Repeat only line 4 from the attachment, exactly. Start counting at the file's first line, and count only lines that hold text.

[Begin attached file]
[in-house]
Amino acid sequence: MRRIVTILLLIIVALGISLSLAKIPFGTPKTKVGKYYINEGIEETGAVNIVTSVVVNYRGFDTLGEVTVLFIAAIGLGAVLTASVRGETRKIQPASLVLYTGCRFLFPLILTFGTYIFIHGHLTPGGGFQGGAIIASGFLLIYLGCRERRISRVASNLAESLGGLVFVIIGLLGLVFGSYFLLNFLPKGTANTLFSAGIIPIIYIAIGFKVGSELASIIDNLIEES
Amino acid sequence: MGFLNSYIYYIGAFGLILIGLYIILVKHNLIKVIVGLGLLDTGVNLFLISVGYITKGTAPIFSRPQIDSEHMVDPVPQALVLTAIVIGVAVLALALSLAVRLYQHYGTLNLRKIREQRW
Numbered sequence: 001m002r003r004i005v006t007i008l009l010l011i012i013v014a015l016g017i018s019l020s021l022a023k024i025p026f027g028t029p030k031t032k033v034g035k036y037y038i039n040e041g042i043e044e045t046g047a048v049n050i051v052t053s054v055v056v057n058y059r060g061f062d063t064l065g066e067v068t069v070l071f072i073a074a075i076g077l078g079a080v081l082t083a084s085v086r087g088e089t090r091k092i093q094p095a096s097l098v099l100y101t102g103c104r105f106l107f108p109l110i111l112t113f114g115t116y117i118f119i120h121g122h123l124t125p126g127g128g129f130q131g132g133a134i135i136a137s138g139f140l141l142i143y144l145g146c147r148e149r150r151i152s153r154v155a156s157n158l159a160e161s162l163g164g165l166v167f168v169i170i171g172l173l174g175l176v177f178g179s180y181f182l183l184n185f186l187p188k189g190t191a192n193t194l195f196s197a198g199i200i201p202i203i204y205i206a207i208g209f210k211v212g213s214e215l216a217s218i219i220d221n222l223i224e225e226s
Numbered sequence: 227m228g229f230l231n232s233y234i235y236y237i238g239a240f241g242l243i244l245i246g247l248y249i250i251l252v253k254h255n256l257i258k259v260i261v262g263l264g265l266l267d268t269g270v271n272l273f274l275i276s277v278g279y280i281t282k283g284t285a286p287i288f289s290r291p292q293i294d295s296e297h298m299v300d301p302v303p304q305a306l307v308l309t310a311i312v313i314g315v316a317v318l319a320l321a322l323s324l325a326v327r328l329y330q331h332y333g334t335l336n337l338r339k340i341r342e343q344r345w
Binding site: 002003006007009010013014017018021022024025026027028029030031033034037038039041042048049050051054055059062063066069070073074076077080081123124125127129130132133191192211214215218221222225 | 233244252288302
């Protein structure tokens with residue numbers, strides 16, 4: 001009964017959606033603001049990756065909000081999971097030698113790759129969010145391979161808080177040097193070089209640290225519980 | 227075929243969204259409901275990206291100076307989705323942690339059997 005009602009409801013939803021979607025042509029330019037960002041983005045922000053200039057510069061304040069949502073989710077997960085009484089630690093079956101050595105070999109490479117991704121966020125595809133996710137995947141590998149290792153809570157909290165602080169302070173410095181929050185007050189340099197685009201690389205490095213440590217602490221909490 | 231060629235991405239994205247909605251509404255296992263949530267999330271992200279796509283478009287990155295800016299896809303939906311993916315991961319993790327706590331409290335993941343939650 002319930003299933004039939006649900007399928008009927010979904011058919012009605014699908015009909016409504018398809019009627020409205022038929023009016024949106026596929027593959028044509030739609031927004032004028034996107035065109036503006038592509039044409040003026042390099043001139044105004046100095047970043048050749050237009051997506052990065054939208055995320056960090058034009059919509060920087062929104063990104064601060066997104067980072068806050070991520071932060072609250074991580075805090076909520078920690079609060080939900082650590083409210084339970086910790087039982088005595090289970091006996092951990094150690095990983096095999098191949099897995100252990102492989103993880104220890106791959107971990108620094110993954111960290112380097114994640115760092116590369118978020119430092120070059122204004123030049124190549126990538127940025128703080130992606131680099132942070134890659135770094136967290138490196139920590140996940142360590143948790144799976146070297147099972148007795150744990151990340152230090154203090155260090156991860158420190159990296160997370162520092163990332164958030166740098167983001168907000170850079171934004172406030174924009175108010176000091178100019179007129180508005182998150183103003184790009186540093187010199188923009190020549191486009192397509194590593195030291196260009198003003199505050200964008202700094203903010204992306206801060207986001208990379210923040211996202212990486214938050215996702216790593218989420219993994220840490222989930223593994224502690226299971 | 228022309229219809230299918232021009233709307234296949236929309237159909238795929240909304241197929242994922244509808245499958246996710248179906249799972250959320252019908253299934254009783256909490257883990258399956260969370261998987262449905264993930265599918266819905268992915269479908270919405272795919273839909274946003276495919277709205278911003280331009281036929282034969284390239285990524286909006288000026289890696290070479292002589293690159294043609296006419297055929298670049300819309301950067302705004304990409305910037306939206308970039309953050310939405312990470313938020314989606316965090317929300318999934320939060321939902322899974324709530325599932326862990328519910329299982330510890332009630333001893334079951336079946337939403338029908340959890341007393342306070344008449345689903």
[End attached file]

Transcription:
Numbered sequence: 001m002r003r004i005v006t007i008l009l010l011i012i013v014a015l016g017i018s019l020s021l022a023k024i025p026f027g028t029p030k031t032k033v034g035k036y037y038i039n040e041g042i043e044e045t046g047a048v049n050i051v052t053s054v055v056v057n058y059r060g061f062d063t064l065g066e067v068t069v070l071f072i073a074a075i076g077l078g079a080v081l082t083a084s085v086r087g088e089t090r091k092i093q094p095a096s097l098v099l100y101t102g103c104r105f106l107f108p109l110i111l112t113f114g115t116y117i118f119i120h121g122h123l124t125p126g127g128g129f130q131g132g133a134i135i136a137s138g139f140l141l142i143y144l145g146c147r148e149r150r151i152s153r154v155a156s157n158l159a160e161s162l163g164g165l166v167f168v169i170i171g172l173l174g175l176v177f178g179s180y181f182l183l184n185f186l187p188k189g190t191a192n193t194l195f196s197a198g199i200i201p202i203i204y205i206a207i208g209f210k211v212g213s214e215l216a217s218i219i220d221n222l223i224e225e226s